Changes in SARS-CoV-2 antibody titers after COVID-19 vaccination

In a recent study posted to the medRxiv* preprint server, researchers assess longitudinal alterations in severe acute respiratory syndrome coronavirus 2 (SARS-CoV-2) immunoglobulin G (IgG) antibody titers after SARS-CoV-2 vaccination.

Study: Longitudinal changes in IgG-type SARS-CoV-2 antibody titers after COVID-19 vaccination and, prominent increase in antibody titers when infected after vaccination. Image Credit: /

Study: Longitudinal changes in IgG-type SARS-CoV-2 antibody titers after COVID-19 vaccination and, prominent increase in antibody titers when infected after vaccination. Image Credit: /

COVID-19 vaccination and antibody production

The extent and duration of SARS-CoV-2 antibody titers are regarded as crucial indications of the efficiency of novel coronavirus disease 2019 (COVID-19) vaccines. However, several studies have confirmed that viral antibody titers decline several months following SARS-CoV-2 immunization.

In 2022, Japan experienced its sixth wave of COVID-19 cases which was primarily driven by the rapid spread of the SARS-CoV-2 Omicron strain. In fact, the magnitude of patients who reported infection after the sixth wave was vastly greater than the total number of patients prior to the sixth wave; thus, it can be assumed that COVID-19 breakthrough infection after two or more immunizations is prevalent. However, only a few studies have studied SARS-CoV-2 antibody titers after spontaneous infection and immunization over time.

About the study

In the present study, researchers explore the alterations in antibody titers following the second and third doses of the SARS-CoV-2 vaccine and determine the antibody titers in spontaneous COVID-19 infections that occurred after immunization.

This longitudinal observational study involved the recruitment of both outpatients and medical personnel. Between June 2021 and February 2023, a total of 127 participants, comprising 74 outpatients with 53 medical staff members, submitted their serum samples for assessment of SARS-CoV-2 and receptor-binding domain (RBD) IgG antibody titers.

The association between antibody titers, participant age, and time interval following the second vaccine in 56 participants who did not have a prior history of SARS-CoV-2 infection and had a known vaccination date was assessed. After the third vaccination, the same assessment was also performed on 23 participants with a history of COVID-19 and a precise vaccination date.

The link between antibody titers before and after vaccination was evaluated in 13 individuals whose antibody titers were determined prior to and following receipt of the third vaccine dose. Antibody titers after infection were also assessed in patients who had received two or more COVID-19 vaccine doses.

Study findings

Antibody titers were evaluated in 56 participants after they had received the second vaccine dose. At the time of antibody titer assessment, no history of COVID-19 was reported in these participants.

With an average antibody titer of about 4,807 AU/mL, a trend toward decreasing antibody titers was noted. Furthermore, the correlation between antibody titers and the time interval post-second vaccination dose was negative. A weak and non-significant association between antibody titer and age was also noted.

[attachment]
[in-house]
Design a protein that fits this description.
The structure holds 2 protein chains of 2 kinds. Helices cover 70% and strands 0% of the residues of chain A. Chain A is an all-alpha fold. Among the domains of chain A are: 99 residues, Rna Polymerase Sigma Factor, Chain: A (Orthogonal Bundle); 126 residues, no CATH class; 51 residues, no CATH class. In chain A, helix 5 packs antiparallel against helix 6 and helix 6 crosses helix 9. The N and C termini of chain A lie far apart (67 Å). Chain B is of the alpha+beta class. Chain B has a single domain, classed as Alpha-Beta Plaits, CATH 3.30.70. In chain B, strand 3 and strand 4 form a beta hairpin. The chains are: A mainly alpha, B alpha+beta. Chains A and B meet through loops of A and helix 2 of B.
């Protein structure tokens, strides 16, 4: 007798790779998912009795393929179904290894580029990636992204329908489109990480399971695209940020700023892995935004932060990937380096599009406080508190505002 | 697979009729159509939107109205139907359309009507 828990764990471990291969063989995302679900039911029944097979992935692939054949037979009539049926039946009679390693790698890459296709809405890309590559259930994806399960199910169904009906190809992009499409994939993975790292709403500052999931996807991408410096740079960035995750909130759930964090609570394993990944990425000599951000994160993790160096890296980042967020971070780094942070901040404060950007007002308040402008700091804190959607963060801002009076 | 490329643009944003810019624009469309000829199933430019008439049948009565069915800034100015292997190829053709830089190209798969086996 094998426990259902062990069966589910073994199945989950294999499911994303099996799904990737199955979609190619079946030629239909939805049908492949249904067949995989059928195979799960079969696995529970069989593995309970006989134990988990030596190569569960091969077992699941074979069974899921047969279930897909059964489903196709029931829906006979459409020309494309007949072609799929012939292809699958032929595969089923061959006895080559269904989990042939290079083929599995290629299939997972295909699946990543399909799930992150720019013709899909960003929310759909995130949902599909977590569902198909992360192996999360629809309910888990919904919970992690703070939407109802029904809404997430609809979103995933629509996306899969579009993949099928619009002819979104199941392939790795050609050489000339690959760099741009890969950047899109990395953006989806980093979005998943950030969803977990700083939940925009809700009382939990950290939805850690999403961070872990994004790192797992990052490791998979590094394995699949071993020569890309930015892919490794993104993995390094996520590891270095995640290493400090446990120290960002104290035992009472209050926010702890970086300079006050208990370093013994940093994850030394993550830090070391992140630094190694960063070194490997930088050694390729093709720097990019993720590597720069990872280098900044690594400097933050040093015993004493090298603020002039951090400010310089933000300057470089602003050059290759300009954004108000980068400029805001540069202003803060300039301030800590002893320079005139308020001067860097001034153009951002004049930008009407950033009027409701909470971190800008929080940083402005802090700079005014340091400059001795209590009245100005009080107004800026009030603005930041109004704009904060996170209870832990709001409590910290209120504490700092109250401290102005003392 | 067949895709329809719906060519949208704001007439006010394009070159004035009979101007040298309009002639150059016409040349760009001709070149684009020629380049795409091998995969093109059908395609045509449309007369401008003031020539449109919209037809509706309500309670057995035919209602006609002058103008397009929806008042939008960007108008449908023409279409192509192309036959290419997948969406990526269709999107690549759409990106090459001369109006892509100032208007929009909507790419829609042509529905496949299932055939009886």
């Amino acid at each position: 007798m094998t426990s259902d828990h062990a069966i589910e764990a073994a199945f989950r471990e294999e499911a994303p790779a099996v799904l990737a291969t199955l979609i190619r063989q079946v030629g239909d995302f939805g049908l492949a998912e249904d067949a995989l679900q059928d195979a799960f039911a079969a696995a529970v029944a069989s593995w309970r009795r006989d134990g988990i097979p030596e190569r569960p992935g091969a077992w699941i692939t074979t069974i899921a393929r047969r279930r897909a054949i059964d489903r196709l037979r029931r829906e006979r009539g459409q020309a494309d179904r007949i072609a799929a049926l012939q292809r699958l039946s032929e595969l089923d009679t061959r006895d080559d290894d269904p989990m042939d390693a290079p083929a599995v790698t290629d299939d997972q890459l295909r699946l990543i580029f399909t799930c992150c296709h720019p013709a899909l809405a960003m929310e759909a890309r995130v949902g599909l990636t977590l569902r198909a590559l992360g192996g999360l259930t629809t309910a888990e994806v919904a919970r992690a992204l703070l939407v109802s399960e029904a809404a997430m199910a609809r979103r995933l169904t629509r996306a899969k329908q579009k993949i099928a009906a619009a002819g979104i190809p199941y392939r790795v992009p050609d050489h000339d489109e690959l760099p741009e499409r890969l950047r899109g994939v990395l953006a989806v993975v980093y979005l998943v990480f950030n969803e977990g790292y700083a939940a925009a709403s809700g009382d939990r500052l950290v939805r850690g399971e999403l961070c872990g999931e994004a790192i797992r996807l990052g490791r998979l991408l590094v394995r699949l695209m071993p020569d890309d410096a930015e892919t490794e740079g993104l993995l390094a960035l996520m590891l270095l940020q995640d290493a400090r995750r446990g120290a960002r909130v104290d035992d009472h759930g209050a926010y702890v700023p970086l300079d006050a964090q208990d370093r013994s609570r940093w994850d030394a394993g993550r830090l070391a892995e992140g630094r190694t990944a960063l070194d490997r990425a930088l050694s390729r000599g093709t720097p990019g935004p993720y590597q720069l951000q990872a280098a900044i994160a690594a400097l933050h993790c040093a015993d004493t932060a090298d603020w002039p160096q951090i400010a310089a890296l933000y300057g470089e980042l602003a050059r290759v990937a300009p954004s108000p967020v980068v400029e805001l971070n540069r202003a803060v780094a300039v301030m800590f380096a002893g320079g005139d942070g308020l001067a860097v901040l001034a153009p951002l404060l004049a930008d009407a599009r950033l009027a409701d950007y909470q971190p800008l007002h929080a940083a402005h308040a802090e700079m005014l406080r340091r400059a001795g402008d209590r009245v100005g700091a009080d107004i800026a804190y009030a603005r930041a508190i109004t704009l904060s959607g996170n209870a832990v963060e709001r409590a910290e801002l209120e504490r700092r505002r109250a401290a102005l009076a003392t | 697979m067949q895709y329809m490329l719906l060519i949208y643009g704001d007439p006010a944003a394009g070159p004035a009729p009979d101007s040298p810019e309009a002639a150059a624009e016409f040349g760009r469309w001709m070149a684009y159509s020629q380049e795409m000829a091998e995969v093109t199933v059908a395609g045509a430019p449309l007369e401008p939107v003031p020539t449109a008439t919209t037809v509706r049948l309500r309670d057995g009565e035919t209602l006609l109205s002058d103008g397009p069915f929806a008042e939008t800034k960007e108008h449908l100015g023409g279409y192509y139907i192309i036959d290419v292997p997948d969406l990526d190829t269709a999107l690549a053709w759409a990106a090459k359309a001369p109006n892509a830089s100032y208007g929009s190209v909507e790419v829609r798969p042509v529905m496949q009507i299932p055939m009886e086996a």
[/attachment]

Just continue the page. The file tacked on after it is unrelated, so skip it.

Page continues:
Eight patients who had their antibody titers evaluated several times following receipt of the second vaccine dose exhibited longitudinal alterations in their antibody levels over time. Within one month after the second vaccination dose, the first antibody titer was estimated; however, the titers varied widely between people.

By three months, antibody titers declined by half to one-third. By six months, antibody titers dropped to a few hundred AU/mL.

Before receiving the third vaccine dose, antibody titers were significantly reduced for these eight patients. When the difference between the minimum and maximum titers was divided by the time span between the two serum samples, the researchers observed that the greater the maximum value, the faster the antibody titer decreased each day.

After administration of the third vaccine dose, 23 patients were assessed for their antibody titers. At this point, mean antibody titers were 12,617 AU/mL, which was significantly higher than that after the second vaccination.

The time interval between the third vaccination and the measurement of antibody titers correlated negatively with the antibody titer value, while a negative association was also observed between the time interval and titers following the second vaccine dose. Similar to the second vaccination dose, there could be a minor association between age and vaccine efficacy; however, this was not statistically significant.


The increase in anti-SARS-CoV-2 antibody titers and the timespan for which effective levels were maintained were considered to be accurate indicators of the effectiveness of novel COVID-19 vaccines.

Rather than indiscriminately prescribing booster immunization for the entire population, the researchers believe it would be preferable to evaluate antibody titers to prioritize individuals with low titers for booster vaccination. Nevertheless, future longitudinal studies of antibody titers on a wider scale are needed.

*Important notice

medRxiv publishes preliminary scientific reports that are not peer-reviewed and, therefore, should not be regarded as conclusive, guide clinical practice/health-related behavior, or treated as established information.

#SARSCoV2 #antibody #titers #COVID19 #vaccination
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